A British family-of-five who were tragically killed when their seaplane crashed into a river north of Sydney on New Year's Eve have all been identified.
Millionaire CEO Richard Cousins was on-board the plane with his two sons, fiancee Emma Bowden and her 11-year-old daughter Heather when it plunged into the Hawkesbury River, north of Sydney, about 3.15pm on Sunday.
Mr Cousins' two sons Edward, 23, and William, 25, were also both killed in the accident, as was experienced pilot Gareth Morgan, 44.
The chief executive of British catering giant Compass, Mr Cousins was due to retire in March having spent the past 11 years at the helm and transforming a business on its knees to turning a £1.6billion annual profit.
It is believed he was in Australia on a family holiday to celebrate the New Year with his family when they died.iPhone transfer software
Scroll down for video
Emma Bowden, 48, and her daughter Heather, 11, died in a horror seaplane crash in the Hawkesbury River, north of Sydney, on New Year's Eve
Richard Cousins (right) - a millionaire CEO in charge of British catering company Compass - was on board the plane with his fiancee, her daughter and his two sons
Mr Cousins' sons Edward, 23 (left) and William, 25 (right) were also killed when their seaplane plunged into the Hawkesbury River
It's believed Ms Bowden (left) and her daughter (right) were travelling with Mr Cousins and his sons on a festive family holiday
One of the six to be named as dead is experienced 44-year-old Australian pilot Gareth Morgan (pictured left and right)
Mr Morgan (pictured), who was one of the six to be killed on Sunday, has been described a 'very experienced pilot'
The body of a passenger recovered from the downed seaplane that crashed on Sunday killing six people is carried by police and paramedics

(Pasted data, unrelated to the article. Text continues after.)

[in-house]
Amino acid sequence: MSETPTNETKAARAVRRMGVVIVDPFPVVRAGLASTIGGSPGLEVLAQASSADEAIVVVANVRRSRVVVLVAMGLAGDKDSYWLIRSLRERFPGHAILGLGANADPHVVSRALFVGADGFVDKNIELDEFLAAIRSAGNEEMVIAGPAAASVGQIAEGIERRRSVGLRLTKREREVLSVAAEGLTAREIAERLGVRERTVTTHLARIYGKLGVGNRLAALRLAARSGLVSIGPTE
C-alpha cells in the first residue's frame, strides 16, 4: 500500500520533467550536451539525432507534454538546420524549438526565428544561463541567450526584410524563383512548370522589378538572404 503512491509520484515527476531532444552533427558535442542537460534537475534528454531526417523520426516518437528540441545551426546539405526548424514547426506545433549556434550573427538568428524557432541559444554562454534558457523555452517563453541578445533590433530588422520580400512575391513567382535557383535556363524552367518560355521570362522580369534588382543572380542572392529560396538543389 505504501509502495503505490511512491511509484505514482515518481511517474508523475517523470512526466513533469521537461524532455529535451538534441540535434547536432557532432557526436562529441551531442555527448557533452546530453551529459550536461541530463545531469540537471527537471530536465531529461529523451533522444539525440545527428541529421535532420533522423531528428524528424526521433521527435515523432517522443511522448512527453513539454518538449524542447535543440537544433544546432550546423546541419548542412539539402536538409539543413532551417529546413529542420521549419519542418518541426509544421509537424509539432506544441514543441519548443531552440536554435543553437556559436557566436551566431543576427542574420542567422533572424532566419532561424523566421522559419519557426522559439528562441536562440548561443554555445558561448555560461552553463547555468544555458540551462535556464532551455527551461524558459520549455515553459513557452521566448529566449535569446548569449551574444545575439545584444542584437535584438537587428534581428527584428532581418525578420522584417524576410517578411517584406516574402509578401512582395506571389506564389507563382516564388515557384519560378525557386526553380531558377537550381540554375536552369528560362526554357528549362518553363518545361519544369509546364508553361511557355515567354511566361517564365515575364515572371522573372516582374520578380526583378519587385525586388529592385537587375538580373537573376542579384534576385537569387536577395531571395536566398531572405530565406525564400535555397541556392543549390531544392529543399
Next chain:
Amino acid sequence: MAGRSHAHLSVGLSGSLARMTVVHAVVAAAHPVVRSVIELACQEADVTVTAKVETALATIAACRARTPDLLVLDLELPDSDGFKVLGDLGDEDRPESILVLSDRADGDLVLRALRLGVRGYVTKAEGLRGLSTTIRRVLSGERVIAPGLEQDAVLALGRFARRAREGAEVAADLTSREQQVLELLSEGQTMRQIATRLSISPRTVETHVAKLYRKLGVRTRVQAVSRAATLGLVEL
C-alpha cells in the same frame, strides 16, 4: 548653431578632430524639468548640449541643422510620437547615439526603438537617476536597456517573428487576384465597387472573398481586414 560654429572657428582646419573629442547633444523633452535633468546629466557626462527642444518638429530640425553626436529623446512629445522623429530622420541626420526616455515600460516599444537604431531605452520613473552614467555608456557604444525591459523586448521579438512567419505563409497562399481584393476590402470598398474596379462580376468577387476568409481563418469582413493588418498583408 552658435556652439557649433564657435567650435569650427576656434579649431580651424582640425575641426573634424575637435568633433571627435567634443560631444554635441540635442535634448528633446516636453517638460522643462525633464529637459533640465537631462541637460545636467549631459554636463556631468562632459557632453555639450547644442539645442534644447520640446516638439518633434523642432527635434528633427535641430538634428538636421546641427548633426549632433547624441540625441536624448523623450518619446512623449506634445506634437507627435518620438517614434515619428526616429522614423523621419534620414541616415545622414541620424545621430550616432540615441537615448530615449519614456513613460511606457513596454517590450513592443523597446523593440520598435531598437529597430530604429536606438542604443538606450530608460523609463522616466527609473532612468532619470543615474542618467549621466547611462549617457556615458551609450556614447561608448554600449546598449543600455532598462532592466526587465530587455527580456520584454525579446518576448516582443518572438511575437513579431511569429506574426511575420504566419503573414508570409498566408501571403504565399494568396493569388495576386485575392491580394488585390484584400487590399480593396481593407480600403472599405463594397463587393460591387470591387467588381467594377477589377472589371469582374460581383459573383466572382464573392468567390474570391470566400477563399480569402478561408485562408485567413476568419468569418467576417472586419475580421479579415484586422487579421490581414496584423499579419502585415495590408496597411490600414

When he announced in September that he would be retiring in March, the company's share price plummeted.
Mr Cousins was named at No 11 on last year's 100 Best Performing CEOs in the World by Harvard Business Review.
The 58-year-old had also served on the board of supermarket giant Tesco, but resigned last year in protest at plans to buy wholesaler Booker.
Paul Walsh, Compass chairman, said: 'We are deeply shocked and saddened by this terrible news.
'The thoughts of everyone at Compass are with Richard's family and friends, and we extend our deepest sympathies to them.
'It has been a great privilege to know Richard personally and to work with him for the last few years.
'Richard was known and respected for his great humanity and a no-nonsense style that transformed Compass into one of Britain's leading companies.'
Six people were killed after the tourist plane crashed into a river near Sydney on Sunday afternoon. Pictured is a plane believed to be the doomed aircraft spotted moments before it crashed
The six people including five Britons killed in a seaplane crash north of Sydney have been named; pictured is one of the bodies being removed by police and paramedics
New South Wales Police and investigators from the Australian Transport Safety Bureau pictured on a police launch at the site where a seaplane crashed on New Year's Eve
A New South Wales policewoman is seen holding a piece of debris from the seaplane which crashed in the Hawkesbury River
Five Britons, including an 11-year-old girl, were on board the Sydney Seaplanes Cessna aircraft when it came down. Pictured are police officers gathering evidence at the scene
A brave holidaymaker told how he desperately tried to open the door of the sinking sea plane but it went down too quickly.
Todd Sellars said he was on a houseboat just 50m away when the aircraft went into the water on Sunday.
'I was with friends on the houseboat when the plane just nosedived into the water,' Mr Sellars told ABC Radio.
'I jumped into the water and tried to open the door,' he
'I just thought it was coming in low doing a flyby, but when we look out on the corner it just nosedived.
Mr Sellars told how and friends swam to try and rescue the passengers, but the aircraft sank too quickly.
'I ran my hands down through the windows but I couldn't open the door - it was sinking too fast,' he said.
'The plane was pretty long so it was probably three or four metres under the water by the time we got down to the door.'
Australian Prime Minister Malcolm Turnbull offered his condolences to the families of those killed in the crash.
'It is a tragic accident and... our hearts go out to the families of those whose lives were lost,' Mr Turnbull said in Bondi on Monday.
'We don't know yet what caused it, but it's just a tragedy. We grieve for those who lost their lives.'
Police are now working on the logistics of refloating the wreckage.